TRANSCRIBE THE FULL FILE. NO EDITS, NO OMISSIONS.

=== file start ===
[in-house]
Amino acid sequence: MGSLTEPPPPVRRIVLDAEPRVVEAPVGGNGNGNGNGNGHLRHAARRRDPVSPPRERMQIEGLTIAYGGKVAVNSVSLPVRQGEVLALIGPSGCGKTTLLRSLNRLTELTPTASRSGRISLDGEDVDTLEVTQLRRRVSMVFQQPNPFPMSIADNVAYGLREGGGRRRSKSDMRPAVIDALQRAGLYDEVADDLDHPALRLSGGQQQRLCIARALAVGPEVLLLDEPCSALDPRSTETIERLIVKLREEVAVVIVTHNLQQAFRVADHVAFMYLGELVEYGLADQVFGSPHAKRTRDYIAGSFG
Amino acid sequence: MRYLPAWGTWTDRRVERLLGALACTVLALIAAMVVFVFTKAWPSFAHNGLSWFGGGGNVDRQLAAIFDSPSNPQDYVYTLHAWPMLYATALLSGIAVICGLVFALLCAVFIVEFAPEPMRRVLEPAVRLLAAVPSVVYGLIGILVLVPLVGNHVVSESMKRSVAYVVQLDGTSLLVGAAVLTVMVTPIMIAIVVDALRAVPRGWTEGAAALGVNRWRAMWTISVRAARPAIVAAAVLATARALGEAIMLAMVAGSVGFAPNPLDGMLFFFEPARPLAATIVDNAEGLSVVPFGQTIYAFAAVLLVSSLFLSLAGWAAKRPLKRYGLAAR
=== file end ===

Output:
[in-house]
Amino acid sequence: MGSLTEPPPPVRRIVLDAEPRVVEAPVGGNGNGNGNGNGHLRHAARRRDPVSPPRERMQIEGLTIAYGGKVAVNSVSLPVRQGEVLALIGPSGCGKTTLLRSLNRLTELTPTASRSGRISLDGEDVDTLEVTQLRRRVSMVFQQPNPFPMSIADNVAYGLREGGGRRRSKSDMRPAVIDALQRAGLYDEVADDLDHPALRLSGGQQQRLCIARALAVGPEVLLLDEPCSALDPRSTETIERLIVKLREEVAVVIVTHNLQQAFRVADHVAFMYLGELVEYGLADQVFGSPHAKRTRDYIAGSFG
Amino acid sequence: MRYLPAWGTWTDRRVERLLGALACTVLALIAAMVVFVFTKAWPSFAHNGLSWFGGGGNVDRQLAAIFDSPSNPQDYVYTLHAWPMLYATALLSGIAVICGLVFALLCAVFIVEFAPEPMRRVLEPAVRLLAAVPSVVYGLIGILVLVPLVGNHVVSESMKRSVAYVVQLDGTSLLVGAAVLTVMVTPIMIAIVVDALRAVPRGWTEGAAALGVNRWRAMWTISVRAARPAIVAAAVLATARALGEAIMLAMVAGSVGFAPNPLDGMLFFFEPARPLAATIVDNAEGLSVVPFGQTIYAFAAVLLVSSLFLSLAGWAAKRPLKRYGLAAR